The second round has its share of tough matches, too. #1 seed Henin-Hardenne will have to play Jelena Kostanic, who has been at her very best lately. Kostanic can't threaten the Belgian if Henin-Hardenne is 100% -- but is she 100%? The Sprem/Dechy winner will face Lisa Raymond, the top unseeded player (though the surface is not at all to Raymond's liking). #12 seed Dokic will have to face either Harkleroad or Mandula -- and Mandula already had a win over Dokic this year, and the clay can only help Mandula. Venus Williams will likely face Eleni Daniilidou -- and Daniilidou likes clay a lot. And #8 seed Petrova will face either Mary Pierce or Akiko Morigami.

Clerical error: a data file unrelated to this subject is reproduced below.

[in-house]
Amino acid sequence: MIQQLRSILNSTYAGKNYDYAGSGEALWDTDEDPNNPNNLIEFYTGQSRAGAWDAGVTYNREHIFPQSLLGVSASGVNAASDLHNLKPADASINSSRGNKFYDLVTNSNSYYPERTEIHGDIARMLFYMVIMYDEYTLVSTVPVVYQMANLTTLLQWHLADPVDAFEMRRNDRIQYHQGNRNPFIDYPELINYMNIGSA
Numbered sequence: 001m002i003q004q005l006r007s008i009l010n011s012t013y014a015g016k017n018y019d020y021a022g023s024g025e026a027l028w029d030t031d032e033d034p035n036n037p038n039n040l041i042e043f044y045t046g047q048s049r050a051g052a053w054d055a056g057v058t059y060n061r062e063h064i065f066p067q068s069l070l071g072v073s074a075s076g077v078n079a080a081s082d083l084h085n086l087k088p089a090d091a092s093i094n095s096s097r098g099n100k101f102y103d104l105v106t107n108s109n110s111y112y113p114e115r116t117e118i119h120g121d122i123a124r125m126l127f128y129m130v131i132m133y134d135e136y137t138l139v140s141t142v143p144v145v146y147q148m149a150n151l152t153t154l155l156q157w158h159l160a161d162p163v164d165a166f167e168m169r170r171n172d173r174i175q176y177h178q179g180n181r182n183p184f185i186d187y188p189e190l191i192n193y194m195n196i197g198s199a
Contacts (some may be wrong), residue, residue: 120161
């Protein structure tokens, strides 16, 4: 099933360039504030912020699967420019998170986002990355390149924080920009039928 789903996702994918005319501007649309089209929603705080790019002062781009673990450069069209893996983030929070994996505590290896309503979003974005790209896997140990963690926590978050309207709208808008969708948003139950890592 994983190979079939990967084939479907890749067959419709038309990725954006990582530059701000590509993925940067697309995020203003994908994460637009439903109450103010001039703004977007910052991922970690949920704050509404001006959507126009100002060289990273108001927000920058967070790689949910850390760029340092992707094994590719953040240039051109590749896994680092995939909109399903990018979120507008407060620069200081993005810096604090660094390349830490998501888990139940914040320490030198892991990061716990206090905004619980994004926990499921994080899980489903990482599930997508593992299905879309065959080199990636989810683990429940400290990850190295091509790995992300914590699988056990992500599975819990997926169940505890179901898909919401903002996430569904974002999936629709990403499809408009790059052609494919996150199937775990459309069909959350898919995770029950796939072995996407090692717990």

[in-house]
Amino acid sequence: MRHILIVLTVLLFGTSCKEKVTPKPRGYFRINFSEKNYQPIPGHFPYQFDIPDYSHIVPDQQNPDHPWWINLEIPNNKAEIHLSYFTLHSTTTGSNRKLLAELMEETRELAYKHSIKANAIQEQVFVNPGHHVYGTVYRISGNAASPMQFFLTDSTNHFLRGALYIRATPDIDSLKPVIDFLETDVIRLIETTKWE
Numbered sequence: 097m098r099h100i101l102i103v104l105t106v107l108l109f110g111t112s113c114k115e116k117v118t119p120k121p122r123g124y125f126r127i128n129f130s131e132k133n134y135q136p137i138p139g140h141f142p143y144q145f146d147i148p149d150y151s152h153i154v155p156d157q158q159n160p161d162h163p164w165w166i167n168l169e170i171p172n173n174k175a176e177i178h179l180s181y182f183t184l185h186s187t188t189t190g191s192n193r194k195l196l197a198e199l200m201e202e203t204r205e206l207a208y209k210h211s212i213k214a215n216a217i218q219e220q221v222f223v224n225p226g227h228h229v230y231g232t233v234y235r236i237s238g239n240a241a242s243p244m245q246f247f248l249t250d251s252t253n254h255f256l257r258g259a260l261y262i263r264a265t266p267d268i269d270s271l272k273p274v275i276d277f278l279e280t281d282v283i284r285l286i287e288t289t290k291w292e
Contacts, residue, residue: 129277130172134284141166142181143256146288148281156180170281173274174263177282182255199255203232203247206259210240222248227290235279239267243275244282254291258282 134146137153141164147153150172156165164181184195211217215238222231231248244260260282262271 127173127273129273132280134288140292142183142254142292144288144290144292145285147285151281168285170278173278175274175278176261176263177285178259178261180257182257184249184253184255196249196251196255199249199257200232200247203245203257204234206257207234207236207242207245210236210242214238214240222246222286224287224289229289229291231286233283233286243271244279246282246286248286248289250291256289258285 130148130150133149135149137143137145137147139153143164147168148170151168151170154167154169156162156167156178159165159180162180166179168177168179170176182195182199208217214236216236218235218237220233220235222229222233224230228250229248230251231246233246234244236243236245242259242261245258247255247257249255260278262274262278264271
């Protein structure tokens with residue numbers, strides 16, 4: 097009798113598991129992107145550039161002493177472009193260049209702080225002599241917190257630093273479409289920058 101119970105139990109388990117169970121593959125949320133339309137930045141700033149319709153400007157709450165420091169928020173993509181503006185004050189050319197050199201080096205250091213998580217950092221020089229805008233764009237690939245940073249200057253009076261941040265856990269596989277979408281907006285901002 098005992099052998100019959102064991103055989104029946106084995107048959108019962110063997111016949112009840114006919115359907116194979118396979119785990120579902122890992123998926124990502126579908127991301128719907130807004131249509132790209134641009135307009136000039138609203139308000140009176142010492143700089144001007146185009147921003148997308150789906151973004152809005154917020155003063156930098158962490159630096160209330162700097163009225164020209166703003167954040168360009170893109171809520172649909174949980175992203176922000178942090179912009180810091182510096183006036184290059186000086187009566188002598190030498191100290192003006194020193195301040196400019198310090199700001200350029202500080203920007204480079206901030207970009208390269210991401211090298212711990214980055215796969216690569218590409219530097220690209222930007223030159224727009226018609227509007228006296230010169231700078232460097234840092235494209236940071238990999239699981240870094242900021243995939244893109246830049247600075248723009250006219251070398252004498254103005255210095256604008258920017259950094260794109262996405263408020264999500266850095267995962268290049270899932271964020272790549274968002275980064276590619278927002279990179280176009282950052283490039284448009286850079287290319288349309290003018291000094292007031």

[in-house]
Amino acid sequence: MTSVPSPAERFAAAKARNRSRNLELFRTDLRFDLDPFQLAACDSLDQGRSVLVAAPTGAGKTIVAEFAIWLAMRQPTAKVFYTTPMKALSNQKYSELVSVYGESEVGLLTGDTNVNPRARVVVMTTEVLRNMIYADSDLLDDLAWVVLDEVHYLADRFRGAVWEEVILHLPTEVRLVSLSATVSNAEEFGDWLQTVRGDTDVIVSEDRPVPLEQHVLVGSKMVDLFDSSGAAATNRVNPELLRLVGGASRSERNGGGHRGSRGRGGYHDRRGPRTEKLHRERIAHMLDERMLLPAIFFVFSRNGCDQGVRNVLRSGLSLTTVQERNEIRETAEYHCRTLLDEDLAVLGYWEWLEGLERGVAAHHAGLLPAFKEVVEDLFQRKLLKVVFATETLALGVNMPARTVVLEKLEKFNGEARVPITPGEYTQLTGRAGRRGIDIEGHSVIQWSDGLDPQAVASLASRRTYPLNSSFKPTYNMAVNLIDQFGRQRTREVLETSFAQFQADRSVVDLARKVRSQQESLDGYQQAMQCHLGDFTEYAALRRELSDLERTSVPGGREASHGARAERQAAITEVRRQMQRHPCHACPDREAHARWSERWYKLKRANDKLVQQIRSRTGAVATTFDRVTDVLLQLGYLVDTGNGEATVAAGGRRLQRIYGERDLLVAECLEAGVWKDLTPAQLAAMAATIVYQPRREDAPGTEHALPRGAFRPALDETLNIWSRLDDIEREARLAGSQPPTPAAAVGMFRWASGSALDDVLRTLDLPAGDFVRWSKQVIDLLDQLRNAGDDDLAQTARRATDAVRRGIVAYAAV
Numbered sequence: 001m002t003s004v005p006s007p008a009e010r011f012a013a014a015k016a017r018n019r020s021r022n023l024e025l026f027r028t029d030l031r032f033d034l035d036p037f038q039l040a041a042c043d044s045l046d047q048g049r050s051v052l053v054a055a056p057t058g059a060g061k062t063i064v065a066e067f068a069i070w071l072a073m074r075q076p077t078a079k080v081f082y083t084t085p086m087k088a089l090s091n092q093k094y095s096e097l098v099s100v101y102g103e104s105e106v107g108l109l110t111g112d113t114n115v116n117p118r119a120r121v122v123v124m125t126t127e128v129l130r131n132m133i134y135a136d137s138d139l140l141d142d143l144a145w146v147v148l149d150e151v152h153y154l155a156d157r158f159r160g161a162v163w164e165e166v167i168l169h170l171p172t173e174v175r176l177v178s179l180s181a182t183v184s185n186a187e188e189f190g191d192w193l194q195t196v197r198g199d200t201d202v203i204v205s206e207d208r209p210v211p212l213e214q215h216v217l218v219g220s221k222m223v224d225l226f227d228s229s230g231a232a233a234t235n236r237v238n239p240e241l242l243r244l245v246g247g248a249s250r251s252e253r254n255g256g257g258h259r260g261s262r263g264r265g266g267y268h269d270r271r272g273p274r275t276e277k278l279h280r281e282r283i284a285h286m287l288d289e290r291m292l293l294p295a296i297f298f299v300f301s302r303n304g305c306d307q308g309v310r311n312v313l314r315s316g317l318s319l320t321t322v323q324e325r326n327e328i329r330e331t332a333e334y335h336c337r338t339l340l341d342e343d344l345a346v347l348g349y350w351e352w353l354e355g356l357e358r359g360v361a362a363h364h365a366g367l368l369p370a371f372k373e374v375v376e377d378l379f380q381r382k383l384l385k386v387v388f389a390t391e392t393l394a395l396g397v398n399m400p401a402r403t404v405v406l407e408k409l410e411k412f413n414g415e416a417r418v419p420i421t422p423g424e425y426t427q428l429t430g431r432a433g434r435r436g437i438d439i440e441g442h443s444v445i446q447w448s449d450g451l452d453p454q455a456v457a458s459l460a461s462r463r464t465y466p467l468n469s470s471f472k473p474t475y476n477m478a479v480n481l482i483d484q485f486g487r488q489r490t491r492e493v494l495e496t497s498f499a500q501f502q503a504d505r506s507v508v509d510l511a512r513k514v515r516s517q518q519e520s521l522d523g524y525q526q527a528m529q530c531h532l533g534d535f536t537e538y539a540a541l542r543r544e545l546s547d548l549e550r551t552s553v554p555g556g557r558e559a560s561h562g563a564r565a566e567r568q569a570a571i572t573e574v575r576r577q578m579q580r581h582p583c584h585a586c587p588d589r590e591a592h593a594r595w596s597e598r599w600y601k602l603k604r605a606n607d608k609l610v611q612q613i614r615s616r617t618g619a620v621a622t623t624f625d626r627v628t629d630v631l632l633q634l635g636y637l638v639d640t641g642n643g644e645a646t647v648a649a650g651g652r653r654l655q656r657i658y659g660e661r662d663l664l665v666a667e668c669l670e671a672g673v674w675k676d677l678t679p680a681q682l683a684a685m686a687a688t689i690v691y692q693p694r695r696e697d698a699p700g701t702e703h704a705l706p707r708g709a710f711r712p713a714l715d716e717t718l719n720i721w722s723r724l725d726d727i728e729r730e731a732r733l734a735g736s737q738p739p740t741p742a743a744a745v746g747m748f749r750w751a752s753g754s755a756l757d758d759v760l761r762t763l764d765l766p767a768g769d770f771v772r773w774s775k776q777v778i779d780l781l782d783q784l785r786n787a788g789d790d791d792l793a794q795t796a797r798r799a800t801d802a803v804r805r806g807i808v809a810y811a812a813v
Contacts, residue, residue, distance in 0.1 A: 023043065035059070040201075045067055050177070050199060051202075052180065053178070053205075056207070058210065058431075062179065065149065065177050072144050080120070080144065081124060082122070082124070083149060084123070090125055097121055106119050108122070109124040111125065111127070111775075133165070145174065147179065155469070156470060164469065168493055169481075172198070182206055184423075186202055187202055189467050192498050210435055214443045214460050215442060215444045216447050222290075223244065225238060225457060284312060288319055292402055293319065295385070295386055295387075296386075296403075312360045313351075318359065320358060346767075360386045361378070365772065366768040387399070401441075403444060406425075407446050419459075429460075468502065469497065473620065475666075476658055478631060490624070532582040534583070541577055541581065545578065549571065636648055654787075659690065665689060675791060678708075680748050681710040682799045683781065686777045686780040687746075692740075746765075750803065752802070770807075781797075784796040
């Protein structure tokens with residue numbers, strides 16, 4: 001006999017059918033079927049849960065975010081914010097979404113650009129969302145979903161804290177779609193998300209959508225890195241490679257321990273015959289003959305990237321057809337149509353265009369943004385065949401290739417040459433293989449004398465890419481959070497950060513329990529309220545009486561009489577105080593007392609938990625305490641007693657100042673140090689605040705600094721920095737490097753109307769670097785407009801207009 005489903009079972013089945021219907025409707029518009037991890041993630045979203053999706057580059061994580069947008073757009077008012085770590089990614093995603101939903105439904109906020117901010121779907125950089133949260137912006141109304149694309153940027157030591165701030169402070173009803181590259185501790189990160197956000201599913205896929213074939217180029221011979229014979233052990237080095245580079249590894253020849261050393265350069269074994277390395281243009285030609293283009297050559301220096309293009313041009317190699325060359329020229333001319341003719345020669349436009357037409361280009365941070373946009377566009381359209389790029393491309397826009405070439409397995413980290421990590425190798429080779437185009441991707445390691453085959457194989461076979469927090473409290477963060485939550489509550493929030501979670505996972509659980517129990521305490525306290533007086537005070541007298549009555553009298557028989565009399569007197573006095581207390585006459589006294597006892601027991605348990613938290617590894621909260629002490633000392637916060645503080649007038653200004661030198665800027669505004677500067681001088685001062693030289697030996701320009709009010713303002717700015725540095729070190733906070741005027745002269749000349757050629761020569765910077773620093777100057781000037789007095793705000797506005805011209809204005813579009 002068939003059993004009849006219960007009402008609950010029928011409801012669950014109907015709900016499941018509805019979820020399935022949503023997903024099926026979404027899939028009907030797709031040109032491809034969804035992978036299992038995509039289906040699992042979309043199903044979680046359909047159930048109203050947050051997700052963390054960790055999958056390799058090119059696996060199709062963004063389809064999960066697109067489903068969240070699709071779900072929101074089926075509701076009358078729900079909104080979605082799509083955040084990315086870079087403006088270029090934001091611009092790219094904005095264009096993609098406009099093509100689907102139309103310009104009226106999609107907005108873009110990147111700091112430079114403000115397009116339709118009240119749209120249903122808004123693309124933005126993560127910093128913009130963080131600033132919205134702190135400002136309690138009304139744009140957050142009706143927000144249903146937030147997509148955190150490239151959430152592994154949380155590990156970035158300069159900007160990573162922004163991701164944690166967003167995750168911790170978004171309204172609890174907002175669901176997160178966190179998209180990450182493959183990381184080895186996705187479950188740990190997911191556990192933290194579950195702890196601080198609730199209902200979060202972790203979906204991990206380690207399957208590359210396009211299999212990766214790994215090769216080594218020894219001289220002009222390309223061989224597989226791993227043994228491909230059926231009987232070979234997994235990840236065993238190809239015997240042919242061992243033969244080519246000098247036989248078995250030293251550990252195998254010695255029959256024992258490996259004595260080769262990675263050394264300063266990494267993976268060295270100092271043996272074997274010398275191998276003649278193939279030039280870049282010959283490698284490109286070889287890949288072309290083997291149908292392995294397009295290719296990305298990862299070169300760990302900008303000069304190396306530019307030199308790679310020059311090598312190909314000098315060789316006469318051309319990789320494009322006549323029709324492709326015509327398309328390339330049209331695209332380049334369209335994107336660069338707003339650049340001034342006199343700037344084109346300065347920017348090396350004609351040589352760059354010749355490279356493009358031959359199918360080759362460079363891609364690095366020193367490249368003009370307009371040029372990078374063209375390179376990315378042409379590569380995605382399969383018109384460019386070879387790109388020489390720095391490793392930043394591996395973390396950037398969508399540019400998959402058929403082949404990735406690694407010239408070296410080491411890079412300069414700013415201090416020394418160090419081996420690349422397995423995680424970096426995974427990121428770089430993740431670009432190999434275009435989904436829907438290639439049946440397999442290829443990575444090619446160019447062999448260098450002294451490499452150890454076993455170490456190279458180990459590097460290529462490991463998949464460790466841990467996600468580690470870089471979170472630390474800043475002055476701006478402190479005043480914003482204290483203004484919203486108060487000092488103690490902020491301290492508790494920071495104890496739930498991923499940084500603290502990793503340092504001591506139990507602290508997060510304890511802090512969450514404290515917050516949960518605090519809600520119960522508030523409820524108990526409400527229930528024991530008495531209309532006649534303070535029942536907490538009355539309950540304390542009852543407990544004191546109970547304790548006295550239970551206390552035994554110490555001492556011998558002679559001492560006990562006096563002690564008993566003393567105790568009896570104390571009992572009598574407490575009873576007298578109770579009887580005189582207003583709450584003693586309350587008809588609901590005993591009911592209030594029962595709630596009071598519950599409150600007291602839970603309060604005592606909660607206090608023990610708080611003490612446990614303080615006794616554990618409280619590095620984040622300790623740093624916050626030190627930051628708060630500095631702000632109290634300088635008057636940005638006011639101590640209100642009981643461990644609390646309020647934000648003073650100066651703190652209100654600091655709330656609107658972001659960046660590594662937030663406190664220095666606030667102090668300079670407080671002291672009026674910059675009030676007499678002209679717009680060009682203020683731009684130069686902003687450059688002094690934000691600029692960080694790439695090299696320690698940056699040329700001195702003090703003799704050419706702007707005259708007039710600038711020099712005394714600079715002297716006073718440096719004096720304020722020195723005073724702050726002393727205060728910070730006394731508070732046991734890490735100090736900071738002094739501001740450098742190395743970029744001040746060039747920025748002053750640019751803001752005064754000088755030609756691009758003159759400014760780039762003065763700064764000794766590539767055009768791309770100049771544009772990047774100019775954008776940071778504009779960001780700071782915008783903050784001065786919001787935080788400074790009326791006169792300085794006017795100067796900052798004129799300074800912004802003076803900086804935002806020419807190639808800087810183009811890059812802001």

Against a field like that, it's obvious that Estoril will be rather weak. Not surprisingly, most of the players who played Amelia Island played Charleston, while most of those who played Casablanca crossed the Pillars to play at Estoril. But there are several additions at the top of the field. Elena Bovina is making her long-awaited return. Alicia Molik, just in from playing the Amelia Island doubles final, will be the #2 seed. Casablanca champion Emilie Loit is seeded #3, though the points from the title in Morocco make her the #2 player in the field. #4 seed Denisa Chladkova and #5 Barbara Schett took last week off; #6 Iveta Benesova, #7 Katarina Srebotnik, and #8 Marion Bartoli all played Casablanca.